The throttle cable is secured at both ends with E/Z Connectors. No soldering is required, and it’s easy to adjust the length.


A straight airplane flies better and requires less trimming to make it perform properly. While building your fuselage, mark the centerline on each of the formers and on the firewall, then use a straight line on your plans (or draw one on your workbench with a yardstick) as an alignment guide. Use a square or triangle to align the firewall with the guideline, and shift the assembly so that all the formers line up with the guideline. Pin the fuselage in place, and glue everything together.

Building straight structures like a fuselage is easy when you use a straight reference line.

A clear plastic drafting triangle is a good aid for aligning the firewall’s centerline with the reference line drawn on the plans.



To minimize the chance of drilling a hole in the wrong spot and to help prevent the bit from grabbing the part being drilled, drill a small pilot hole. Mark the locations, and drill a small-diameter hole first. Switch to a larger drill, and repeat the process. For large holes, use a couple of pilot drills, and work up the hole diameter a little at a time until you reach the final diameter.

You can avoid drilling mislocated holes by carefully marking their locations and then starting with a small pilot drill bit.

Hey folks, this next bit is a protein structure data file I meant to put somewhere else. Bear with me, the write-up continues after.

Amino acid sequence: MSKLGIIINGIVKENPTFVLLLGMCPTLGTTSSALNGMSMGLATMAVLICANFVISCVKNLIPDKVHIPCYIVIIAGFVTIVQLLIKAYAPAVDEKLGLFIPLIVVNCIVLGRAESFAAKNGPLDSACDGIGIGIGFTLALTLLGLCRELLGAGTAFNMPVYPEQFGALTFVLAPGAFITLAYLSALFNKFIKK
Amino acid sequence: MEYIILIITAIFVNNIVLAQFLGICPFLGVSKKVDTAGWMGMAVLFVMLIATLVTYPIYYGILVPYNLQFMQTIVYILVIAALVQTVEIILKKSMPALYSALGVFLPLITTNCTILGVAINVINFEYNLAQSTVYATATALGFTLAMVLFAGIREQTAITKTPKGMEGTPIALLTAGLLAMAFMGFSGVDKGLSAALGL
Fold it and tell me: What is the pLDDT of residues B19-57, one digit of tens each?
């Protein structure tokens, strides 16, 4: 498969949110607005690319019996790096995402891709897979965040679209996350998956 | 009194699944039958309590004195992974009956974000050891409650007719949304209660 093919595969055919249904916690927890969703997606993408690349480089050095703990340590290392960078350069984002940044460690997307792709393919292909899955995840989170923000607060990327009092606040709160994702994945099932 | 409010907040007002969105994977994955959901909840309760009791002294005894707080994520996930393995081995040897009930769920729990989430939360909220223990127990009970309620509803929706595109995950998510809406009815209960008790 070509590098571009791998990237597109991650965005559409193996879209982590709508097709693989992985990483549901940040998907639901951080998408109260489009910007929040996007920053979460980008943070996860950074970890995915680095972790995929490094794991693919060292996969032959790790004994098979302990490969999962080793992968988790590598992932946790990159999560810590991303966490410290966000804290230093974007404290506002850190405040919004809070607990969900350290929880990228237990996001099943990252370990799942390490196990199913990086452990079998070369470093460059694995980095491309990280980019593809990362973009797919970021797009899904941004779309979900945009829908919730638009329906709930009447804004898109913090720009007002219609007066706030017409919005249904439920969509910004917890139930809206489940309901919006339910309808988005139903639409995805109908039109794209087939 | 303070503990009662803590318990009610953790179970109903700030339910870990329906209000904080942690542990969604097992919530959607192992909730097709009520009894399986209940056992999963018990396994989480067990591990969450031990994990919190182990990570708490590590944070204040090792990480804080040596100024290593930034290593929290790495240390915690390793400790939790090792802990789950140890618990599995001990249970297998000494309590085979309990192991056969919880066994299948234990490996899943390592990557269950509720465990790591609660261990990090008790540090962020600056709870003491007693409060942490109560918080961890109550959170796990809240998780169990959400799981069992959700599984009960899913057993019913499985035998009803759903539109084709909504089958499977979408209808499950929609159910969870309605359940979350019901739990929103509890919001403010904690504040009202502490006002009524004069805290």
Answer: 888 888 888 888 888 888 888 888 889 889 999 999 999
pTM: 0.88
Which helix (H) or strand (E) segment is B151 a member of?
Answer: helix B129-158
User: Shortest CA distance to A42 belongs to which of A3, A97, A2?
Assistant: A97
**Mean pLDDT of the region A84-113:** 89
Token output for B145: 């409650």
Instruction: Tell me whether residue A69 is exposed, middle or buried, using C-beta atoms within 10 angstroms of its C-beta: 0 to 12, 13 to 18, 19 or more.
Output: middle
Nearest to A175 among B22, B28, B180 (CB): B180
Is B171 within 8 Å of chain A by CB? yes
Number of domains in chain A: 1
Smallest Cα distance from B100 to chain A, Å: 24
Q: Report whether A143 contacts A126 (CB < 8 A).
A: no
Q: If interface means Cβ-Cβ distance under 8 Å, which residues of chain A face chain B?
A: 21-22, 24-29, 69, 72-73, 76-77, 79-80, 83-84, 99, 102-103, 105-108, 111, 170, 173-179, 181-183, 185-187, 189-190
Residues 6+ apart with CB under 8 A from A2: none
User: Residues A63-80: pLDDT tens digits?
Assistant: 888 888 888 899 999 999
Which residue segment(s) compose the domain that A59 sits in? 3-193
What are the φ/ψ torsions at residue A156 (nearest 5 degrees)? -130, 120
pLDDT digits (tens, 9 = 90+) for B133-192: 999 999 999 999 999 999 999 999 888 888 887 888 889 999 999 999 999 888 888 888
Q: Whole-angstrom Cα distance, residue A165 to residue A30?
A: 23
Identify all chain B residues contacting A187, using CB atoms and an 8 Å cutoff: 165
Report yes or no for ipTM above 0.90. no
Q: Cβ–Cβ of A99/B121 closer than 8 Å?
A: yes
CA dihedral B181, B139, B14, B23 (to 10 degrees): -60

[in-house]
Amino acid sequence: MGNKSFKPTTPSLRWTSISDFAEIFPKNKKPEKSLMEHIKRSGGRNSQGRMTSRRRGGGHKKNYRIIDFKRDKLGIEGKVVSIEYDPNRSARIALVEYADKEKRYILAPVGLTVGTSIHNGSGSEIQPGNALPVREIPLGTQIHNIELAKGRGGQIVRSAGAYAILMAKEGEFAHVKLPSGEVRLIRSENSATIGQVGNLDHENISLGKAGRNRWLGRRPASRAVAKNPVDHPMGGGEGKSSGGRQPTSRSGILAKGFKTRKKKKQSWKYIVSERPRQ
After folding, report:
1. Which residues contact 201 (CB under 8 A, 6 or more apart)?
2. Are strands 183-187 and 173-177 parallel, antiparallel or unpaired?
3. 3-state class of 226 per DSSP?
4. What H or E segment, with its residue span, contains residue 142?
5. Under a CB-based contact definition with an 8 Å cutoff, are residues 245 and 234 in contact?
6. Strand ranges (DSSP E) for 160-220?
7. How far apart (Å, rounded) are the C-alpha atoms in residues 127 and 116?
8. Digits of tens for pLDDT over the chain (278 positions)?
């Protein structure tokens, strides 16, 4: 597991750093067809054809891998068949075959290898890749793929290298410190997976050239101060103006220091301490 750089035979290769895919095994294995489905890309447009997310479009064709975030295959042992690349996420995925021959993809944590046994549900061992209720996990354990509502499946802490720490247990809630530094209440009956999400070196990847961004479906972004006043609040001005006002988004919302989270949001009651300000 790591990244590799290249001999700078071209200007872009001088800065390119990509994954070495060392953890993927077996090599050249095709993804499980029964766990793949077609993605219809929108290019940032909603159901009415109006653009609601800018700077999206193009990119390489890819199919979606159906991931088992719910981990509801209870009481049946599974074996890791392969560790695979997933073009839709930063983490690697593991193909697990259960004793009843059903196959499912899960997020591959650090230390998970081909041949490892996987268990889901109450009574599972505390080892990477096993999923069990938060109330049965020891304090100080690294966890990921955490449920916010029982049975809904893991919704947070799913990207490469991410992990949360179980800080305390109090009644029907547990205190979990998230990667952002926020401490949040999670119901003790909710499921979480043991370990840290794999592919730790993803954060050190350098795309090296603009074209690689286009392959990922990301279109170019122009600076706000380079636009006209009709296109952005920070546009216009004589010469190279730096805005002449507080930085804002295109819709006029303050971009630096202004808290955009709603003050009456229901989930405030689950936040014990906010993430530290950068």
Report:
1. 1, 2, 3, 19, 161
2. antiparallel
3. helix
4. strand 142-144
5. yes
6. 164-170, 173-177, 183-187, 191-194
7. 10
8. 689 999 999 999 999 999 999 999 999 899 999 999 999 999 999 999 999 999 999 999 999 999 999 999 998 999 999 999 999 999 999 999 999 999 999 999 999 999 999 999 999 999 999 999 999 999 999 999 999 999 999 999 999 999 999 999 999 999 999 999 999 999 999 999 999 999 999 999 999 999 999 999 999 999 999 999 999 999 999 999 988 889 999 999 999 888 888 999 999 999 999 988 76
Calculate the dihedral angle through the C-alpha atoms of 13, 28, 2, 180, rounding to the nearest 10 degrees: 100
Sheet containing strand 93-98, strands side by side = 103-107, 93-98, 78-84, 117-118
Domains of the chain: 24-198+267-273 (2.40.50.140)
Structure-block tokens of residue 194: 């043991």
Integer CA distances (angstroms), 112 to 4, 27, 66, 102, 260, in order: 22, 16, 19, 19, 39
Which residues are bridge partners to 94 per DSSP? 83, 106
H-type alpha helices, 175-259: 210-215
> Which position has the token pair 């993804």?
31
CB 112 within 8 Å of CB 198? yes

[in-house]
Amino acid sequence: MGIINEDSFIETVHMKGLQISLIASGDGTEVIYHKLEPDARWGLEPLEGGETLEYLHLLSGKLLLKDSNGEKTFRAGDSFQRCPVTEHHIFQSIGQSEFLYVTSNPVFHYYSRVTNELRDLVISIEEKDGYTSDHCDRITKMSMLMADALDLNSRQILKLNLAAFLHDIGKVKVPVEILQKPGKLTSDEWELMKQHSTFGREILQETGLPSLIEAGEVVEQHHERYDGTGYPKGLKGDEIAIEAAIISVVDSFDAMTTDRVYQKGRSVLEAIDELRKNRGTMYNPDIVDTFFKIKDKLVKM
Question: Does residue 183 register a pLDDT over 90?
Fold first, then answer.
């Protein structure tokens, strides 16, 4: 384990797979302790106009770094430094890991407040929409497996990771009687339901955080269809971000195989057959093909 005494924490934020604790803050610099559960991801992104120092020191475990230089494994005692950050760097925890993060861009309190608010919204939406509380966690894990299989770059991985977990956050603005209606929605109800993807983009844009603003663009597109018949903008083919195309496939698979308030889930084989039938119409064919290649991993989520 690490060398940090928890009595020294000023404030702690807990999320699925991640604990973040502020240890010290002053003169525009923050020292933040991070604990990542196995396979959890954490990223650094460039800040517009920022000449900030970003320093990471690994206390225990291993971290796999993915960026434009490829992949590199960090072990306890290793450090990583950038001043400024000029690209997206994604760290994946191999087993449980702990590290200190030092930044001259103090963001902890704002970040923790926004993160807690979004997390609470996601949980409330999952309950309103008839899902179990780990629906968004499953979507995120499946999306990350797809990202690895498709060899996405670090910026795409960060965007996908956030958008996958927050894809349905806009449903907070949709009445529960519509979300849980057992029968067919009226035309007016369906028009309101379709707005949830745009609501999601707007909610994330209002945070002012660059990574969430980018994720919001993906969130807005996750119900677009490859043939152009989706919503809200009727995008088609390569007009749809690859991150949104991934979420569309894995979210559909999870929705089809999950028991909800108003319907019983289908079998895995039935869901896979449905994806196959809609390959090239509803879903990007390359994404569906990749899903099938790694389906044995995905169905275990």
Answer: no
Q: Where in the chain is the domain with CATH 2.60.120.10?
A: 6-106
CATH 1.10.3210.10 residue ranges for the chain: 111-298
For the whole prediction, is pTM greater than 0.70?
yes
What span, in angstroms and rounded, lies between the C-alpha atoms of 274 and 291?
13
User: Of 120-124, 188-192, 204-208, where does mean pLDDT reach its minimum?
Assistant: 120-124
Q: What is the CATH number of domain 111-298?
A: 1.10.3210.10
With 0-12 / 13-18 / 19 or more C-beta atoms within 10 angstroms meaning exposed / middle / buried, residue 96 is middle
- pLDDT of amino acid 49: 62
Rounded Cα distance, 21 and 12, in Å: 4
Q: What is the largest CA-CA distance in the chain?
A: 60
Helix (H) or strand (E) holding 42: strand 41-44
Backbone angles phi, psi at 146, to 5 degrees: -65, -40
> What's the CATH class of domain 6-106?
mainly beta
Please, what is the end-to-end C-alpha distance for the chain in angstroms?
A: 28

Here, the engine is properly secured to the mount rails with 6-32 machine screws and lock nuts and washers.



The easiest and quickest way to make perfectly sized control linkages is to make them directly on your airplane. Clamp some scrap wood to your control surface to hold them straight in the neutral position. Turn on your radio to center the servo in its neutral position. Slip a solder clevis onto the servo arm, and attach a threaded clevis and a jam nut onto the pushrod wire. Attach the threaded clevis to the control horn at the surface, then mark and cut the wire to length so that it slips into the solder clevis. Apply some solder flux, and quickly apply heat so that the solder flows into the clevis joint. Don’t move anything until the solder cools off. Remove the control linkage, clean off the flux residue, and reattach the linkage. Check the position of your control surface, tighten the jam nut, and you’re finished.

Here you see the finished elevator control linkage.

Clamping some scrap wood to the control surfaces keeps them properly aligned and centered.

Instead of using a long, unwieldy length of 1/4-inch-wide cap-strip material and then cutting each piece to fit your wing rib, cut a full-width sheet of balsa to the approximate length needed. Using a straight edge, slice off all the 1/4-inch-wide strips you need. This saves time and reduces waste.

I prefer to cut my rib’s cap strips from short pieces of sheeting cut close to the required length.

Here, I am cutting the cap strip to length on the wing.



For your plane to perform properly, you have to glue the tail surfaces on so that they are square to each other.

An old but important part of proper airplane building is to build and install your tail surfaces so that they are straight, warp-free, and square. The fin and the horizontal stabilizer should be at 90 degrees to each other. I use a drafting triangle for this. If part of the fuselage is in the way of the triangle, pin a straight piece of wood to the fin and place the triangle against it. Glue your stabilizer into place first. When the glue has dried, use the triangle to check the fin and then glue it into place.